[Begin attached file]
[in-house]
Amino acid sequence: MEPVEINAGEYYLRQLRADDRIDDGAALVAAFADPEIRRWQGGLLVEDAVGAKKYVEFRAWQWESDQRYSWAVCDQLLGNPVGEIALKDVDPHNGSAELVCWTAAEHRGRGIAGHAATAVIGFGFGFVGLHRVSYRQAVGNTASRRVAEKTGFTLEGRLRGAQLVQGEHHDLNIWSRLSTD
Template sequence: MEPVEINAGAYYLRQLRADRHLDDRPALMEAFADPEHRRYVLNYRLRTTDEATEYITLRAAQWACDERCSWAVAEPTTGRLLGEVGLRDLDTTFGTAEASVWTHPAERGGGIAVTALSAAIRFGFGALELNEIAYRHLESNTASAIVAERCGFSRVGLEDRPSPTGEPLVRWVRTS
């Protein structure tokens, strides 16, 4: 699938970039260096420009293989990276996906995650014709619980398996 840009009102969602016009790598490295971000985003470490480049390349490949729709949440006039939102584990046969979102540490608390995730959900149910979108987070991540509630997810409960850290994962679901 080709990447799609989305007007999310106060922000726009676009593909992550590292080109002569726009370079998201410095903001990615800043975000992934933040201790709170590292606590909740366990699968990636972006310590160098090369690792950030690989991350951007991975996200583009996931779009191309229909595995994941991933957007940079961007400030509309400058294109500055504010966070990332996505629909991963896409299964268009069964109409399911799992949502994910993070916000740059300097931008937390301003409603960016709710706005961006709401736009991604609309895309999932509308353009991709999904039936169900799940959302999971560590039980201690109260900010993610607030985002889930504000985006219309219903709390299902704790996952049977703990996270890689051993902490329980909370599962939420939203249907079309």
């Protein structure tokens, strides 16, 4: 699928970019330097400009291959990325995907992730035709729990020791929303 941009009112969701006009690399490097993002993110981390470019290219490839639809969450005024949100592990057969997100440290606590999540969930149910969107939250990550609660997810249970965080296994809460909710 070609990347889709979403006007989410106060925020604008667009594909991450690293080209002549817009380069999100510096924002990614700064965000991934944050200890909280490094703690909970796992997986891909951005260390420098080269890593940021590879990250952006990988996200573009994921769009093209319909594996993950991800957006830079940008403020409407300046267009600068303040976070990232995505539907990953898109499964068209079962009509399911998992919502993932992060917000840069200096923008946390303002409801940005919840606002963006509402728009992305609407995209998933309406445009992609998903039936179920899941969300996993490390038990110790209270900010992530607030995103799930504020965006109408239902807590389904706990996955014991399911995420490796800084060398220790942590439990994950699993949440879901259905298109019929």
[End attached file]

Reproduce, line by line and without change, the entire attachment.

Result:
[in-house]
Amino acid sequence: MEPVEINAGEYYLRQLRADDRIDDGAALVAAFADPEIRRWQGGLLVEDAVGAKKYVEFRAWQWESDQRYSWAVCDQLLGNPVGEIALKDVDPHNGSAELVCWTAAEHRGRGIAGHAATAVIGFGFGFVGLHRVSYRQAVGNTASRRVAEKTGFTLEGRLRGAQLVQGEHHDLNIWSRLSTD
Template sequence: MEPVEINAGAYYLRQLRADRHLDDRPALMEAFADPEHRRYVLNYRLRTTDEATEYITLRAAQWACDERCSWAVAEPTTGRLLGEVGLRDLDTTFGTAEASVWTHPAERGGGIAVTALSAAIRFGFGALELNEIAYRHLESNTASAIVAERCGFSRVGLEDRPSPTGEPLVRWVRTS
């Protein structure tokens, strides 16, 4: 699938970039260096420009293989990276996906995650014709619980398996 840009009102969602016009790598490295971000985003470490480049390349490949729709949440006039939102584990046969979102540490608390995730959900149910979108987070991540509630997810409960850290994962679901 080709990447799609989305007007999310106060922000726009676009593909992550590292080109002569726009370079998201410095903001990615800043975000992934933040201790709170590292606590909740366990699968990636972006310590160098090369690792950030690989991350951007991975996200583009996931779009191309229909595995994941991933957007940079961007400030509309400058294109500055504010966070990332996505629909991963896409299964268009069964109409399911799992949502994910993070916000740059300097931008937390301003409603960016709710706005961006709401736009991604609309895309999932509308353009991709999904039936169900799940959302999971560590039980201690109260900010993610607030985002889930504000985006219309219903709390299902704790996952049977703990996270890689051993902490329980909370599962939420939203249907079309």
């Protein structure tokens, strides 16, 4: 699928970019330097400009291959990325995907992730035709729990020791929303 941009009112969701006009690399490097993002993110981390470019290219490839639809969450005024949100592990057969997100440290606590999540969930149910969107939250990550609660997810249970965080296994809460909710 070609990347889709979403006007989410106060925020604008667009594909991450690293080209002549817009380069999100510096924002990614700064965000991934944050200890909280490094703690909970796992997986891909951005260390420098080269890593940021590879990250952006990988996200573009994921769009093209319909594996993950991800957006830079940008403020409407300046267009600068303040976070990232995505539907990953898109499964068209079962009509399911998992919502993932992060917000840069200096923008946390303002409801940005919840606002963006509402728009992305609407995209998933309406445009992609998903039936179920899941969300996993490390038990110790209270900010992530607030995103799930504020965006109408239902807590389904706990996955014991399911995420490796800084060398220790942590439990994950699993949440879901259905298109019929």